by Frederick Gedicks, Guy Anderson Chair and Professor in Law, Brigham Young University Law School
The recent case of Town of Greece v. Galloway saw Justice Clarence Thomas once again astride a favorite hobby horse, the benighted notion that both logic and text should have precluded the application of the Establishment Clause against the states. As in his many other forays into this field, Thomas concedes that the Clause (“probably”) prohibits a federally established church, but he otherwise reads the Clause as entirely devoted to the protection of state sovereignty—specifically, state power to establish or disestablish religion. Like the 10th Amendment, Thomas maintains, the Establishment Clause was meant to protect the states and thus is rendered absurd when applied to limit state power. Thomas relies on this purported absurdity to excuse himself from any serious engagement of the historical record, unilaterally shifting the burden of historical proof to incorporationists. As I have shown elsewhere in detail, all of this is demonstrably wrong.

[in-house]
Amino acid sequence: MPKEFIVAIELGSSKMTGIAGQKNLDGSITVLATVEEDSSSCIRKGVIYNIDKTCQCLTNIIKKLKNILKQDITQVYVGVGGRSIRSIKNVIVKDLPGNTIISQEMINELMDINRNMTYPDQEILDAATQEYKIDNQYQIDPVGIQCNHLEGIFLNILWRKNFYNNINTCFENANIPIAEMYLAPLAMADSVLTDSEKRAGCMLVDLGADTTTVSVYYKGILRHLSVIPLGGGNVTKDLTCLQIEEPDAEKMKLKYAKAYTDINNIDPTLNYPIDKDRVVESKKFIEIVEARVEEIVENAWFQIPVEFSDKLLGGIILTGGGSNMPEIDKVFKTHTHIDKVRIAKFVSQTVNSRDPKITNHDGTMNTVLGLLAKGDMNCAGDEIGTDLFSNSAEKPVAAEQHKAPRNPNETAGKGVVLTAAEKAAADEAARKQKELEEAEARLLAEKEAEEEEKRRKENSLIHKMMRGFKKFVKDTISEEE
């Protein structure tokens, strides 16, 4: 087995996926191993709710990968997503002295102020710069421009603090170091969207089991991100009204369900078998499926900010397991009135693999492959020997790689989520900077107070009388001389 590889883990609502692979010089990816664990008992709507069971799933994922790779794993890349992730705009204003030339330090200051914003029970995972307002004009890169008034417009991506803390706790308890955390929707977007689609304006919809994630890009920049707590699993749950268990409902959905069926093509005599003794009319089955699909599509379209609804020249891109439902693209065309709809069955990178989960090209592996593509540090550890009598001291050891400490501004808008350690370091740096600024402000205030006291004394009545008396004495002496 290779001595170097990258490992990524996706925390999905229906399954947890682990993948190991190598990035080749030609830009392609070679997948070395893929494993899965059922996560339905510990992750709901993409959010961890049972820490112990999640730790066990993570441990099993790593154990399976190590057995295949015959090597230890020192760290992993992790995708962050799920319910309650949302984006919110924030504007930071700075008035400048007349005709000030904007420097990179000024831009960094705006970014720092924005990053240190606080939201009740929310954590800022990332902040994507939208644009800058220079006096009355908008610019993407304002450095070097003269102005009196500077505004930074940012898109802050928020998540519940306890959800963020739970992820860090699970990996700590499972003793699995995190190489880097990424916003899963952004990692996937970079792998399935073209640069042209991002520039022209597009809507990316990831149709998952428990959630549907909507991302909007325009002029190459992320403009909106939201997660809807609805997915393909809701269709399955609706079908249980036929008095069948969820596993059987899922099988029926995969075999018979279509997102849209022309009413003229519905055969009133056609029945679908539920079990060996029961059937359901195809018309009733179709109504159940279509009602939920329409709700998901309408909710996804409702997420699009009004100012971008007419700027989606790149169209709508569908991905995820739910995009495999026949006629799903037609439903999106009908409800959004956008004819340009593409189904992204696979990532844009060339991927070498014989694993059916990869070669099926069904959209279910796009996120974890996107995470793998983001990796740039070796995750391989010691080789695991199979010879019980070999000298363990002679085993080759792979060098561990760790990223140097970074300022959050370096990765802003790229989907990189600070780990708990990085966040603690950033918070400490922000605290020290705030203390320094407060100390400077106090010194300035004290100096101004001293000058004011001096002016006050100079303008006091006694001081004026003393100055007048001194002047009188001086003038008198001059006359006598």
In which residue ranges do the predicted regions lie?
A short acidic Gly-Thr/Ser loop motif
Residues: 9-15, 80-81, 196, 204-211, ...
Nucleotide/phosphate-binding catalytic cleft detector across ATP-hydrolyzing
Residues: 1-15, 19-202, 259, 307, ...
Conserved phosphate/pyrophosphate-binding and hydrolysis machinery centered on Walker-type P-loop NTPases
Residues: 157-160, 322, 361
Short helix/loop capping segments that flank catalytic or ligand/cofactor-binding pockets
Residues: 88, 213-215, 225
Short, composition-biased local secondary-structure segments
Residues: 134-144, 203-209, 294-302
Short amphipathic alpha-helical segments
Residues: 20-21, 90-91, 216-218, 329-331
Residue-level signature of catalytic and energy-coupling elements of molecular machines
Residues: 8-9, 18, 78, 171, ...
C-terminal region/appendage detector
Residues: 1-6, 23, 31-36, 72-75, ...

It is puzzling that such an ardent champion of federalism as Justice Thomas should fail to grasp that the Establishment Clause, like the Constitution’s other structural limitations on the federal government, was originally understood to protect individual liberty as well as state sovereign power. The Federalist Papers repeatedly emphasize that the division of sovereignty between the federal government and the states protects both state power and personal liberty from federal power. The Court’s own precedents emphasize this as well, most recently in Bond v. United States (2011), a unanimous opinion which unambiguously declared, “Federalism... protects the liberty of all persons within a State by ensuring that laws enacted in excess of delegated governmental power cannot direct or control their actions.”